An Investor's Guide to Options Trading Levels

Thursday, February 25, 2021 4:27 PM | Neal Farmer

The combination of $0 commissions at most brokerage firms downtime from the pandemic and those stimulus checks has prompted millions of people to start investing for the first time.

Many of those new investors, as well as many more experienced investors are also dipping a toe into the options market for the first time. However, unlike stock trading, options trading requires your broker to enable special permissions on your account, and even after you're approved to trade options, what you're allowed to do can still be limited.

This tiered system is designed to protect investors from taking on risks they can't afford, don't understand, or both. Each broker has their own system of defining these levels and approving investors to use them, but there are similarities between them.

Most trading platforms have between three and five tiers for options trading. Level 1 requires the least amount of experience and the highest level typically reserved for experienced options traders with healthy account balance. Robinhood, for example, uses a three-level system while Fidelity uses a five-tier system but both have a similar progression in what strategies traders are allowed to use. The breakdown for the levels, no matter the platform, typically goes from least amount of risk to most risky positions.

Level 1

The first options trades investors are allowed to make are covered positions such as covered calls and cash-secured puts. In a covered call, the investor owns the stock and sells a call option against that position. Since he already holds the stock, and thus can deliver the shares should the call option be exercised, the investor is only really taking on the risk of the stock falling, which stock investors should be familiar with. A cash-secured put has the same basic risks and rewards as a covered call, but the investor holds cash instead of the stock while the trade is open. Both of these positions offer very little risk to the broker and the investor's risk is very similar to vanilla stock ownership.

Level 2

Level two trades are what allow investors to actually buy options contracts and go long either calls or puts. There is no risk to the broker in these trades, as options cannot be purchased on margin, but investors can experience a total loss of their investment if the contract expires worthless. Thus, investors need to know a little more about how options work than in level 1.. Typically, if an investor cannot afford to purchase the underlying shares when a contract is expiring, the broker will recommend selling the option contract. Alternately, if the option expires in the money, the shares can be bought on margin, giving the investor a chance to sell them. Investors may not need much or any previous experience with options to reach level 2 but traders at least need to show they know how an option contract works and that they understand the higher degree of risk compared to stocks.

Level 3

Once investors reach level three, they are usually allowed to trade options spreads. There are many different kinds of options spreads that traders can make. At this level, credit and debit spreads are allowed, although if you are not trading in a margin account, you may need to hold cash to cover losses on credit spreads. Investors can have up to four legs of a spread such as an iron condor or iron butterfly. The total maximum loss for spreads is fixed and are often lower than a simple long position depending on the trade. However, investors need to have a much stronger understanding of options for these positions as they are far more complicated and involve multiple contracts. Additionally, the investor decides when they want to exercise in a level 2 long position but half of the positions in spreads are reliant on what another party might do. Investors can also hold positions with different time horizons and/or different strike prices.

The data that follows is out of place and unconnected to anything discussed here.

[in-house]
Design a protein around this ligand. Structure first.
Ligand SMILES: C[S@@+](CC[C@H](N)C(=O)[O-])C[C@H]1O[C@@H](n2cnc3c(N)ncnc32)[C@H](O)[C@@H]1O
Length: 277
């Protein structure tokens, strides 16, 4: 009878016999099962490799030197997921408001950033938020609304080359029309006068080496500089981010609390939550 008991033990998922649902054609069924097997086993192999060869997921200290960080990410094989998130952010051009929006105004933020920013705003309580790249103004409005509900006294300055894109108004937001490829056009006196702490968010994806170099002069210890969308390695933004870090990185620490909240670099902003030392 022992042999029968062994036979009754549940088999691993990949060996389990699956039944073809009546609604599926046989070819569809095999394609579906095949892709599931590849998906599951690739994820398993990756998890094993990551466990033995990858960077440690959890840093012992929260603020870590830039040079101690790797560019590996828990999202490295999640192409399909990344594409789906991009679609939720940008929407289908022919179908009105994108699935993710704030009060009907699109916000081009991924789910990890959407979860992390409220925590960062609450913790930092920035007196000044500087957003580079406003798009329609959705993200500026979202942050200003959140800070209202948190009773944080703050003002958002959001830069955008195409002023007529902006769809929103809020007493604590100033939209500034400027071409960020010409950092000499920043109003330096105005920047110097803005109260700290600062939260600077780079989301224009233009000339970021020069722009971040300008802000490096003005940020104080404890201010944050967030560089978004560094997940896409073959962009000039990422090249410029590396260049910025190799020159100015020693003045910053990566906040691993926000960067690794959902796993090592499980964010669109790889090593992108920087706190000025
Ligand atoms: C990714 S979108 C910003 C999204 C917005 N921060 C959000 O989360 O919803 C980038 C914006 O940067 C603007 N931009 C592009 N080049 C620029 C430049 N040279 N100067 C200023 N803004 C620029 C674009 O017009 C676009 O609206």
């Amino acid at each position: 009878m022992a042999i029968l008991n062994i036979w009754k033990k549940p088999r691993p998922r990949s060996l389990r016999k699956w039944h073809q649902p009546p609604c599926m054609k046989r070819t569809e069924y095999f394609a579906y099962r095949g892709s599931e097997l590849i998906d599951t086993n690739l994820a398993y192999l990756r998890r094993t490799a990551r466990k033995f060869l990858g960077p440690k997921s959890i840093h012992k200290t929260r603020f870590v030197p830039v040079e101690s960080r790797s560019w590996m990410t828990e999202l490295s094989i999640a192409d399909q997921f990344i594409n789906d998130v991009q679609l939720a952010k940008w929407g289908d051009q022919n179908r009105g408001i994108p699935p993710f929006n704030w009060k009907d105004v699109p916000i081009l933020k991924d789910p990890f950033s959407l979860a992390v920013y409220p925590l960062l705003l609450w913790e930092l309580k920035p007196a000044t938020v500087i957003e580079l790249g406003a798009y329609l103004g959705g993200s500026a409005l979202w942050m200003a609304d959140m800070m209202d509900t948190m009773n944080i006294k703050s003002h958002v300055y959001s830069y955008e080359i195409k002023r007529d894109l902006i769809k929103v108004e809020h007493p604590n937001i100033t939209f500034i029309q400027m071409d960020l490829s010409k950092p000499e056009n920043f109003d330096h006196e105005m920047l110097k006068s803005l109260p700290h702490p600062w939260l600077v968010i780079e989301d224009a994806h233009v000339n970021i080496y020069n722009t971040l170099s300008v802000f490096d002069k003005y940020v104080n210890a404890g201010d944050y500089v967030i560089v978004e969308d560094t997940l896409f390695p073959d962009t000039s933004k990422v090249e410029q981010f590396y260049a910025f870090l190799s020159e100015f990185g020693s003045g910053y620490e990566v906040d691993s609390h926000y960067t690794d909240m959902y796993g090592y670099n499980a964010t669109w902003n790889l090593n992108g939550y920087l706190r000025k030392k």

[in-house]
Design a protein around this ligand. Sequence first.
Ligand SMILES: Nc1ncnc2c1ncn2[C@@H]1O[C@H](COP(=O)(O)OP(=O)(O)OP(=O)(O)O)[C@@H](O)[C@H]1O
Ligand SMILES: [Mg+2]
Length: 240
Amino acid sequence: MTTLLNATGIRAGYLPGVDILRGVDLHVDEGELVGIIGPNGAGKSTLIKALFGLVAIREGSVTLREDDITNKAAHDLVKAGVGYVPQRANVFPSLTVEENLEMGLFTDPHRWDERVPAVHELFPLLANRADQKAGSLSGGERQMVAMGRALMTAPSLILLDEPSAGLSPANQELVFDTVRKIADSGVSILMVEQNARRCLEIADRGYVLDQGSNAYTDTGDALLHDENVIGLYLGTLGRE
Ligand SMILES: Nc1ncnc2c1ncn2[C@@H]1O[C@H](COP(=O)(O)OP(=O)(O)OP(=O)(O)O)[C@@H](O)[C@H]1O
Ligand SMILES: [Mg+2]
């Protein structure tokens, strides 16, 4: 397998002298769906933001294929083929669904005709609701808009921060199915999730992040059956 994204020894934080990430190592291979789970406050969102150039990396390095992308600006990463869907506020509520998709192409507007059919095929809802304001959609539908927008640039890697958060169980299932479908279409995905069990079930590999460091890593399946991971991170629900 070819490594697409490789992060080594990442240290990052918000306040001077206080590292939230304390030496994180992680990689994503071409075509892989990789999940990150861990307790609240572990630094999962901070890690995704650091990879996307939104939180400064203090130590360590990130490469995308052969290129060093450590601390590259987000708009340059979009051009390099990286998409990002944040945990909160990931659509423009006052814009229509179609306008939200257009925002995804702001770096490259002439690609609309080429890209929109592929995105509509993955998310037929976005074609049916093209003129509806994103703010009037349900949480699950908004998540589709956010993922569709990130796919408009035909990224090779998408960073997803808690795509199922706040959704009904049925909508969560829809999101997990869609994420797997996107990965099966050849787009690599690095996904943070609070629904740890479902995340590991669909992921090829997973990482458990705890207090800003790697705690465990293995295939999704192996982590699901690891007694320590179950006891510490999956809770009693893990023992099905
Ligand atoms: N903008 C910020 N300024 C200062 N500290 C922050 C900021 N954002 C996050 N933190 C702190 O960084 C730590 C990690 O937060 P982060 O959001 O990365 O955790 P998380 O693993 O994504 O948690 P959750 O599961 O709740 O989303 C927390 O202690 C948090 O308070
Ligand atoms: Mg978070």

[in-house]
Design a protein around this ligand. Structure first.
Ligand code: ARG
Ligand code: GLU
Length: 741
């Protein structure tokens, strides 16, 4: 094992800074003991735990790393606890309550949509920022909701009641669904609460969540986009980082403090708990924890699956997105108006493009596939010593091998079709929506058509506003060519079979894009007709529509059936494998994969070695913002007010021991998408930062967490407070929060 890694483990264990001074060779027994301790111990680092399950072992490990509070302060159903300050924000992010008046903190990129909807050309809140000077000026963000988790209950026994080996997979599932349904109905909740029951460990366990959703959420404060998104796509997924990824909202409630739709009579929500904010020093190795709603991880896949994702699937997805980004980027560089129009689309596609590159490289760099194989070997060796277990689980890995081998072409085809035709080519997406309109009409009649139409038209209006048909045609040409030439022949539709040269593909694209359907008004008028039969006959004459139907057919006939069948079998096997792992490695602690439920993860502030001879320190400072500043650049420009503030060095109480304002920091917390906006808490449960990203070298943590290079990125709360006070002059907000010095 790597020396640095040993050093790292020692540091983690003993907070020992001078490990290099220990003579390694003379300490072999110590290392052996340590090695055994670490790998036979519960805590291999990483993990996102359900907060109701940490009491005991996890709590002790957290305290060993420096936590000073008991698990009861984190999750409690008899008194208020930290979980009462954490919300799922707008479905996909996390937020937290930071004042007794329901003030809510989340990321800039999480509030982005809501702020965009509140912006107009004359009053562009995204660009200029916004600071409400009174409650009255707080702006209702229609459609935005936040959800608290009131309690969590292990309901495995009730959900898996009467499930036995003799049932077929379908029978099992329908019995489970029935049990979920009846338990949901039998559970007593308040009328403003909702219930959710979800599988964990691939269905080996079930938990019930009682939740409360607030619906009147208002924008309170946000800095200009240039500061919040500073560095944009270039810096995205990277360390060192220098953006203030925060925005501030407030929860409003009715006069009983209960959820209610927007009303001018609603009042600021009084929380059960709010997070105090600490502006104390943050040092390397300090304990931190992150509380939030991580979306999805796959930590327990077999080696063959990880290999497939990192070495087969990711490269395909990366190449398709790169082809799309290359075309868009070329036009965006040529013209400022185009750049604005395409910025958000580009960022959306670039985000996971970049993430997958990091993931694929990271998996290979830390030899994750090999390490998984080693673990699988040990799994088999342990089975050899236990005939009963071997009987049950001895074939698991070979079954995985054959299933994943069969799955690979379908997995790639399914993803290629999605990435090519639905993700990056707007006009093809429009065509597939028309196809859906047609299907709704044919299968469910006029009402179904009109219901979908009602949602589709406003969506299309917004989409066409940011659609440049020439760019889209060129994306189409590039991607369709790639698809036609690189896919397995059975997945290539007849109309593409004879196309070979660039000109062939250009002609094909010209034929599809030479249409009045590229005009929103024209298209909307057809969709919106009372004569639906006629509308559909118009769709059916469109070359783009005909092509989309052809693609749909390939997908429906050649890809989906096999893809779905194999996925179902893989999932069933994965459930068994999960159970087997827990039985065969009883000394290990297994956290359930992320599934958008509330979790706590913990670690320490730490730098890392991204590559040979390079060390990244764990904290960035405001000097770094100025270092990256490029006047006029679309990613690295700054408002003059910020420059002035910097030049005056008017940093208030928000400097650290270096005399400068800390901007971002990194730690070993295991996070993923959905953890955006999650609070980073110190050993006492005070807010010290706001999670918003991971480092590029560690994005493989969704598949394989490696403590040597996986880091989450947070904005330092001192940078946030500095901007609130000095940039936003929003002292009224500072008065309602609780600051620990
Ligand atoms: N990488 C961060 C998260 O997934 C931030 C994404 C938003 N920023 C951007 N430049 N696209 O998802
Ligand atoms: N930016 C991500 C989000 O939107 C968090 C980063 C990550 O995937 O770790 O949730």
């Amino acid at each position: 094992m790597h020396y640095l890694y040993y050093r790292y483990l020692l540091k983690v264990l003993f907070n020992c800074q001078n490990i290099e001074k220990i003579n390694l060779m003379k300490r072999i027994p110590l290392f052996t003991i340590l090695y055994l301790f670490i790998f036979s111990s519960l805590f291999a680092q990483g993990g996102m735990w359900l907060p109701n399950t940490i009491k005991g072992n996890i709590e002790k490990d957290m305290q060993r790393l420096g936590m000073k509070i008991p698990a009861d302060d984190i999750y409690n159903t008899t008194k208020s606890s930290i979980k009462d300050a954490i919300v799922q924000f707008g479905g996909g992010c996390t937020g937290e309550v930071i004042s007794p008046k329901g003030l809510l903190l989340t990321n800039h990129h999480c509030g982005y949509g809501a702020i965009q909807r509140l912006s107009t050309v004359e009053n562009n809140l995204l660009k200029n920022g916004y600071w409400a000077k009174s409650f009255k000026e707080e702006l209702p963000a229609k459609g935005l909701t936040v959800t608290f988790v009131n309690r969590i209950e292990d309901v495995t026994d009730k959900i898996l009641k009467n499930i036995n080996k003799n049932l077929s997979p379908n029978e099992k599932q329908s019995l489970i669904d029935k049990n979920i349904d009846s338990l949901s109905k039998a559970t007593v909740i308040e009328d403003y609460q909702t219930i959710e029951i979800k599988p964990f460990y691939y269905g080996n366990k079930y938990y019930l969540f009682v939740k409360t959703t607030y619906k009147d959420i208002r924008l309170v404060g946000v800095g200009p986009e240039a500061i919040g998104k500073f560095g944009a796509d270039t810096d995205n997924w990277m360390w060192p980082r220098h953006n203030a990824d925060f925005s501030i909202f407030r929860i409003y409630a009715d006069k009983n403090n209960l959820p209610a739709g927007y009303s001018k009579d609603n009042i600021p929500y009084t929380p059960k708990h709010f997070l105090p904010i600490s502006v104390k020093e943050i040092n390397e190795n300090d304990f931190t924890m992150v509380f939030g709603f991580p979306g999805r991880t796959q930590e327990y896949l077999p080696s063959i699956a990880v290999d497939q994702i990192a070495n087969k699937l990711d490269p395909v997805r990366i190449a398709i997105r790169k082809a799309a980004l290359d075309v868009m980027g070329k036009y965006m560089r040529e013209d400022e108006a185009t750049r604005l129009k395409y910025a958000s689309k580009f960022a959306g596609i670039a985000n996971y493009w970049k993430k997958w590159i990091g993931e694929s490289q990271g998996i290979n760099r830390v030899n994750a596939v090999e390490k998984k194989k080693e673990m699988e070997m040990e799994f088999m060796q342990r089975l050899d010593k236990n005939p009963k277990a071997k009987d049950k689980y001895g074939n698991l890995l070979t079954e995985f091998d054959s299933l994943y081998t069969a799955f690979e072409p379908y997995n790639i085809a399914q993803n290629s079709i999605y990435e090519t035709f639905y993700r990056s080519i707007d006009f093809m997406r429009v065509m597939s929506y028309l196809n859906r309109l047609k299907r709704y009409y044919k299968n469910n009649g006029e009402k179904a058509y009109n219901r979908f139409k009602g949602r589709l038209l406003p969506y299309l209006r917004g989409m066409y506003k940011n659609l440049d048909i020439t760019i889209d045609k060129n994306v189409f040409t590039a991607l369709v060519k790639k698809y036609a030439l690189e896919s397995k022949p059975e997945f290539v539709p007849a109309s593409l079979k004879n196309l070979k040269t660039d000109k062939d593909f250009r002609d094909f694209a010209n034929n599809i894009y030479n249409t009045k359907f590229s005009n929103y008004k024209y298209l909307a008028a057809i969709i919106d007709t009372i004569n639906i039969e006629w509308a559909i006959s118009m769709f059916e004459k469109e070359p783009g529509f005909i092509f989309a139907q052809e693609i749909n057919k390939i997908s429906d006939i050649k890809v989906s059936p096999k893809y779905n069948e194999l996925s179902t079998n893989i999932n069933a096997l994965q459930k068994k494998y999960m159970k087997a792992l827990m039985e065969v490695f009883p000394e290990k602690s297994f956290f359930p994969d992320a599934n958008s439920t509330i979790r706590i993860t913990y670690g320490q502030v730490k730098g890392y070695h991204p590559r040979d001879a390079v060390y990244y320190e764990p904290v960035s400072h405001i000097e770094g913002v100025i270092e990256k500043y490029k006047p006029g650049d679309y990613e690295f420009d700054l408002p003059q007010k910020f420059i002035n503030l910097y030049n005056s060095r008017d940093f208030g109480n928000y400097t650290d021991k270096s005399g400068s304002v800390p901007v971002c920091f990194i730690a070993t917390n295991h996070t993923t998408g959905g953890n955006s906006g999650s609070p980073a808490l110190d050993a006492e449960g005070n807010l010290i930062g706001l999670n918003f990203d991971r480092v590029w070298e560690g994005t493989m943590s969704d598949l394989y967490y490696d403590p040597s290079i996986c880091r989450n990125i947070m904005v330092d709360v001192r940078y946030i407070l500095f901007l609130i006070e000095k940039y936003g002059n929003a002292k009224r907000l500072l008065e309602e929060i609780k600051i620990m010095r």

Margin accounts are allowed at this point as collateral for these positions. Each broker has their own margin requirements that may differ from the minimum set by regulators. Trading on margin drastically increases risk for both the investor and broker and thus are reserved for these higher options levels where the trader has shown a deep understanding of options trading.

Level 4+ Positions

The highest levels of options trading allows investors to sell uncovered calls and puts as well as short straddles. These options are sold on margin and have a massive amount of risk. Uncovered calls have an unlimited maximum loss as the stock price can keep rising and the seller will have to buy the shares at market price and sell to the buyer at the predetermined strike price once the contract is exercised. Uncovered puts are slightly less risky because there is a set maximum loss that is reached if the underlying stock reaches a share price of $0. Short straddles are the riskiest because any volatile movement either up or down can lead to huge losses for the investor.

Brokers leave access to this trading for investors with extensive knowledge and experience of options trading and a strong account balance that can handle significant losses since brokers are exposed to tremendous risk if the trader can't cover their losses.

Wrapping Up

The options trading levels are set in place to protect investors and their brokers due to the risks associated with options. Requirements for each level can be found by respective brokers with some maybe carrying more or less requirements than necessary. Options provide great investment opportunities but inexperienced investors probably shouldn't be looking to do anything too complex as their first foray into the options market.

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